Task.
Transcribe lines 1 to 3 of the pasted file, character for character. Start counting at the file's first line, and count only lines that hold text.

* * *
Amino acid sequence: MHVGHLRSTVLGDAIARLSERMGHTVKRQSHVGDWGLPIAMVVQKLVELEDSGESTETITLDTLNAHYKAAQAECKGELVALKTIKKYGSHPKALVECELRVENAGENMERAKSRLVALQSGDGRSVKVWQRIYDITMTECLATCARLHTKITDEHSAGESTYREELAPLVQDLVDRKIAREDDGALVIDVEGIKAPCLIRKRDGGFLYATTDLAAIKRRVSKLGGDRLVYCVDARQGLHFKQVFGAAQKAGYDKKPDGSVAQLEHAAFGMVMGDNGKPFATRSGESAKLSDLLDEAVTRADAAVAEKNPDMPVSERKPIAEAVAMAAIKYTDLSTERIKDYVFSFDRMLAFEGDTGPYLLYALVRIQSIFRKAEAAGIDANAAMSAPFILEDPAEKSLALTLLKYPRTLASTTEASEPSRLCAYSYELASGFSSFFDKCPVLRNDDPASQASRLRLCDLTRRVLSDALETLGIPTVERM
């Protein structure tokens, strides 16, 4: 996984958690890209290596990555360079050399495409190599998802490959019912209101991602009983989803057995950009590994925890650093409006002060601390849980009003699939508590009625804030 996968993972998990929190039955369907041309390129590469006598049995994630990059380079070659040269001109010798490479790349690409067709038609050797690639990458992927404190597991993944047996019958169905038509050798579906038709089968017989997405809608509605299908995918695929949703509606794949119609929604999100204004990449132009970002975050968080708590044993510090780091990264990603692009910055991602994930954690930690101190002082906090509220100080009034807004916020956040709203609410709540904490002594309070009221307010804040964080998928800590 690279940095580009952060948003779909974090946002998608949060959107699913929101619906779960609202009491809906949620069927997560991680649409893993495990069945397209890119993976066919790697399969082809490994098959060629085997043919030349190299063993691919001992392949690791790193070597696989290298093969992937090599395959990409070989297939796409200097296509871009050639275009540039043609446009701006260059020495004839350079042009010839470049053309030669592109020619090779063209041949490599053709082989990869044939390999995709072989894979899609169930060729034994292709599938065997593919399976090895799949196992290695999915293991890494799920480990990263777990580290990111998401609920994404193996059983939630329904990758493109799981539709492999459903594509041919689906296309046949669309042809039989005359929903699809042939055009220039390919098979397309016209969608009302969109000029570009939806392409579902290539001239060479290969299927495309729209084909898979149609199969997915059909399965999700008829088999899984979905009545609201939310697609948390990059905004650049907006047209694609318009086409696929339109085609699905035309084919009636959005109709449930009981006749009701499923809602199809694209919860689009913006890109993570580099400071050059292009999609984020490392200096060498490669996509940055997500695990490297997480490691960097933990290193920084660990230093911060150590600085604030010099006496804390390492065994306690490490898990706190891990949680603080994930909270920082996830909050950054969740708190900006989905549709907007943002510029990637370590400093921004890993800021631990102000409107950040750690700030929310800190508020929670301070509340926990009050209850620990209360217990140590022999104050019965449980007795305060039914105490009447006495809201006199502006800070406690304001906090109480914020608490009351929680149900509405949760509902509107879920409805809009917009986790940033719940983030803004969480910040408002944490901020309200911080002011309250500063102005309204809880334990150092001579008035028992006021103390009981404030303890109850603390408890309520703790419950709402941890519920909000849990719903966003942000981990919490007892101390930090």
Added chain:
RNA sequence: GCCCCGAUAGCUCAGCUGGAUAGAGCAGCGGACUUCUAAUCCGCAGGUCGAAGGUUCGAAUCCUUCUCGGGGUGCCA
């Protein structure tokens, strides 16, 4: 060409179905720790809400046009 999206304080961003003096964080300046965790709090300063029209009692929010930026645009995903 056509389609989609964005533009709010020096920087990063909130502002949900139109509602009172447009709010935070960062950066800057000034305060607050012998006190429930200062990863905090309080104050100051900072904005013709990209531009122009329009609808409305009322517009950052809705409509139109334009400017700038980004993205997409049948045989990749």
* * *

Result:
Amino acid sequence: MHVGHLRSTVLGDAIARLSERMGHTVKRQSHVGDWGLPIAMVVQKLVELEDSGESTETITLDTLNAHYKAAQAECKGELVALKTIKKYGSHPKALVECELRVENAGENMERAKSRLVALQSGDGRSVKVWQRIYDITMTECLATCARLHTKITDEHSAGESTYREELAPLVQDLVDRKIAREDDGALVIDVEGIKAPCLIRKRDGGFLYATTDLAAIKRRVSKLGGDRLVYCVDARQGLHFKQVFGAAQKAGYDKKPDGSVAQLEHAAFGMVMGDNGKPFATRSGESAKLSDLLDEAVTRADAAVAEKNPDMPVSERKPIAEAVAMAAIKYTDLSTERIKDYVFSFDRMLAFEGDTGPYLLYALVRIQSIFRKAEAAGIDANAAMSAPFILEDPAEKSLALTLLKYPRTLASTTEASEPSRLCAYSYELASGFSSFFDKCPVLRNDDPASQASRLRLCDLTRRVLSDALETLGIPTVERM
């Protein structure tokens, strides 16, 4: 996984958690890209290596990555360079050399495409190599998802490959019912209101991602009983989803057995950009590994925890650093409006002060601390849980009003699939508590009625804030 996968993972998990929190039955369907041309390129590469006598049995994630990059380079070659040269001109010798490479790349690409067709038609050797690639990458992927404190597991993944047996019958169905038509050798579906038709089968017989997405809608509605299908995918695929949703509606794949119609929604999100204004990449132009970002975050968080708590044993510090780091990264990603692009910055991602994930954690930690101190002082906090509220100080009034807004916020956040709203609410709540904490002594309070009221307010804040964080998928800590 690279940095580009952060948003779909974090946002998608949060959107699913929101619906779960609202009491809906949620069927997560991680649409893993495990069945397209890119993976066919790697399969082809490994098959060629085997043919030349190299063993691919001992392949690791790193070597696989290298093969992937090599395959990409070989297939796409200097296509871009050639275009540039043609446009701006260059020495004839350079042009010839470049053309030669592109020619090779063209041949490599053709082989990869044939390999995709072989894979899609169930060729034994292709599938065997593919399976090895799949196992290695999915293991890494799920480990990263777990580290990111998401609920994404193996059983939630329904990758493109799981539709492999459903594509041919689906296309046949669309042809039989005359929903699809042939055009220039390919098979397309016209969608009302969109000029570009939806392409579902290539001239060479290969299927495309729209084909898979149609199969997915059909399965999700008829088999899984979905009545609201939310697609948390990059905004650049907006047209694609318009086409696929339109085609699905035309084919009636959005109709449930009981006749009701499923809602199809694209919860689009913006890109993570580099400071050059292009999609984020490392200096060498490669996509940055997500695990490297997480490691960097933990290193920084660990230093911060150590600085604030010099006496804390390492065994306690490490898990706190891990949680603080994930909270920082996830909050950054969740708190900006989905549709907007943002510029990637370590400093921004890993800021631990102000409107950040750690700030929310800190508020929670301070509340926990009050209850620990209360217990140590022999104050019965449980007795305060039914105490009447006495809201006199502006800070406690304001906090109480914020608490009351929680149900509405949760509902509107879920409805809009917009986790940033719940983030803004969480910040408002944490901020309200911080002011309250500063102005309204809880334990150092001579008035028992006021103390009981404030303890109850603390408890309520703790419950709402941890519920909000849990719903966003942000981990919490007892101390930090």
Added chain: